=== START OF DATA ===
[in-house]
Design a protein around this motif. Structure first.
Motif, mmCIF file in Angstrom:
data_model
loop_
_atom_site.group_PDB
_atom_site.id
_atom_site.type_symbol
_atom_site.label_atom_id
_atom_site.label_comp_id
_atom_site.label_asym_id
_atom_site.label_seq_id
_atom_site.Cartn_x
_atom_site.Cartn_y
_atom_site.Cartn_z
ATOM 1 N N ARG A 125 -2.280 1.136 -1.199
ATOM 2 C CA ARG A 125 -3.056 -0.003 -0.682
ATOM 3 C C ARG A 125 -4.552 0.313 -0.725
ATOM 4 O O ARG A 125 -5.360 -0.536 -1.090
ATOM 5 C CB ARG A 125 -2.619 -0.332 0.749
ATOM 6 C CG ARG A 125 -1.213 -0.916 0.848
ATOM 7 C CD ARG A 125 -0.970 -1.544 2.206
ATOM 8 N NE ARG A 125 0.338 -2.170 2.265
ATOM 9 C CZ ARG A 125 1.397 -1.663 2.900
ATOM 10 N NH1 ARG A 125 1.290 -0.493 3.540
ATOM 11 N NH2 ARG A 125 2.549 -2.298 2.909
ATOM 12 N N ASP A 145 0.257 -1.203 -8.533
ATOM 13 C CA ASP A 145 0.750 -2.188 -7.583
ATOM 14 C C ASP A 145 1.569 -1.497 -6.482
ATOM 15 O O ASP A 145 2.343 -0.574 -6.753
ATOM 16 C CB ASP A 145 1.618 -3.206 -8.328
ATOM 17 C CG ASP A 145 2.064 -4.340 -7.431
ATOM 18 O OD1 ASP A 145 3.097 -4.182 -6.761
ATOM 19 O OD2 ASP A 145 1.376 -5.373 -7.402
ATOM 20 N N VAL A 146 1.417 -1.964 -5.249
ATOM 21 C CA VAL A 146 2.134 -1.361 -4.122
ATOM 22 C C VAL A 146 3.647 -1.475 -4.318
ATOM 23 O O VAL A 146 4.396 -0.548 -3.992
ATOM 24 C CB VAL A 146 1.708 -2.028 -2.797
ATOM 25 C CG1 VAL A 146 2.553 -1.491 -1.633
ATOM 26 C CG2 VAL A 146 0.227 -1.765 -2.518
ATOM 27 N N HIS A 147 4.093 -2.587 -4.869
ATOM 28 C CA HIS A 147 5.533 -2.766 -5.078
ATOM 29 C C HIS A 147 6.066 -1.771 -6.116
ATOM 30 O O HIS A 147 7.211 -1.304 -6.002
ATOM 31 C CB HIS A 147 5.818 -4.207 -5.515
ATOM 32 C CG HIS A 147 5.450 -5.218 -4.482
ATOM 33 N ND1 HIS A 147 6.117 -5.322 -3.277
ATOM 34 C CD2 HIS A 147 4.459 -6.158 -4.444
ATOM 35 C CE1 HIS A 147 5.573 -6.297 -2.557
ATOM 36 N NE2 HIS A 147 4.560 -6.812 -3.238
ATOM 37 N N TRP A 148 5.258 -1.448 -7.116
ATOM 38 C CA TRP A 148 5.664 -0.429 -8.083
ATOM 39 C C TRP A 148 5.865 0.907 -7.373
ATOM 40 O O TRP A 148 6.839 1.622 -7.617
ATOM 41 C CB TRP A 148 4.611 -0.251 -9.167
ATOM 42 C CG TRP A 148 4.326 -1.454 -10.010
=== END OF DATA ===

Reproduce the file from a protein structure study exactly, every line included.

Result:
[in-house]
Design a protein around this motif. Structure first.
Motif, mmCIF file in Angstrom:
data_model
loop_
_atom_site.group_PDB
_atom_site.id
_atom_site.type_symbol
_atom_site.label_atom_id
_atom_site.label_comp_id
_atom_site.label_asym_id
_atom_site.label_seq_id
_atom_site.Cartn_x
_atom_site.Cartn_y
_atom_site.Cartn_z
ATOM 1 N N ARG A 125 -2.280 1.136 -1.199
ATOM 2 C CA ARG A 125 -3.056 -0.003 -0.682
ATOM 3 C C ARG A 125 -4.552 0.313 -0.725
ATOM 4 O O ARG A 125 -5.360 -0.536 -1.090
ATOM 5 C CB ARG A 125 -2.619 -0.332 0.749
ATOM 6 C CG ARG A 125 -1.213 -0.916 0.848
ATOM 7 C CD ARG A 125 -0.970 -1.544 2.206
ATOM 8 N NE ARG A 125 0.338 -2.170 2.265
ATOM 9 C CZ ARG A 125 1.397 -1.663 2.900
ATOM 10 N NH1 ARG A 125 1.290 -0.493 3.540
ATOM 11 N NH2 ARG A 125 2.549 -2.298 2.909
ATOM 12 N N ASP A 145 0.257 -1.203 -8.533
ATOM 13 C CA ASP A 145 0.750 -2.188 -7.583
ATOM 14 C C ASP A 145 1.569 -1.497 -6.482
ATOM 15 O O ASP A 145 2.343 -0.574 -6.753
ATOM 16 C CB ASP A 145 1.618 -3.206 -8.328
ATOM 17 C CG ASP A 145 2.064 -4.340 -7.431
ATOM 18 O OD1 ASP A 145 3.097 -4.182 -6.761
ATOM 19 O OD2 ASP A 145 1.376 -5.373 -7.402
ATOM 20 N N VAL A 146 1.417 -1.964 -5.249
ATOM 21 C CA VAL A 146 2.134 -1.361 -4.122
ATOM 22 C C VAL A 146 3.647 -1.475 -4.318
ATOM 23 O O VAL A 146 4.396 -0.548 -3.992
ATOM 24 C CB VAL A 146 1.708 -2.028 -2.797
ATOM 25 C CG1 VAL A 146 2.553 -1.491 -1.633
ATOM 26 C CG2 VAL A 146 0.227 -1.765 -2.518
ATOM 27 N N HIS A 147 4.093 -2.587 -4.869
ATOM 28 C CA HIS A 147 5.533 -2.766 -5.078
ATOM 29 C C HIS A 147 6.066 -1.771 -6.116
ATOM 30 O O HIS A 147 7.211 -1.304 -6.002
ATOM 31 C CB HIS A 147 5.818 -4.207 -5.515
ATOM 32 C CG HIS A 147 5.450 -5.218 -4.482
ATOM 33 N ND1 HIS A 147 6.117 -5.322 -3.277
ATOM 34 C CD2 HIS A 147 4.459 -6.158 -4.444
ATOM 35 C CE1 HIS A 147 5.573 -6.297 -2.557
ATOM 36 N NE2 HIS A 147 4.560 -6.812 -3.238
ATOM 37 N N TRP A 148 5.258 -1.448 -7.116
ATOM 38 C CA TRP A 148 5.664 -0.429 -8.083
ATOM 39 C C TRP A 148 5.865 0.907 -7.373
ATOM 40 O O TRP A 148 6.839 1.622 -7.617
ATOM 41 C CB TRP A 148 4.611 -0.251 -9.167
ATOM 42 C CG TRP A 148 4.326 -1.454 -10.010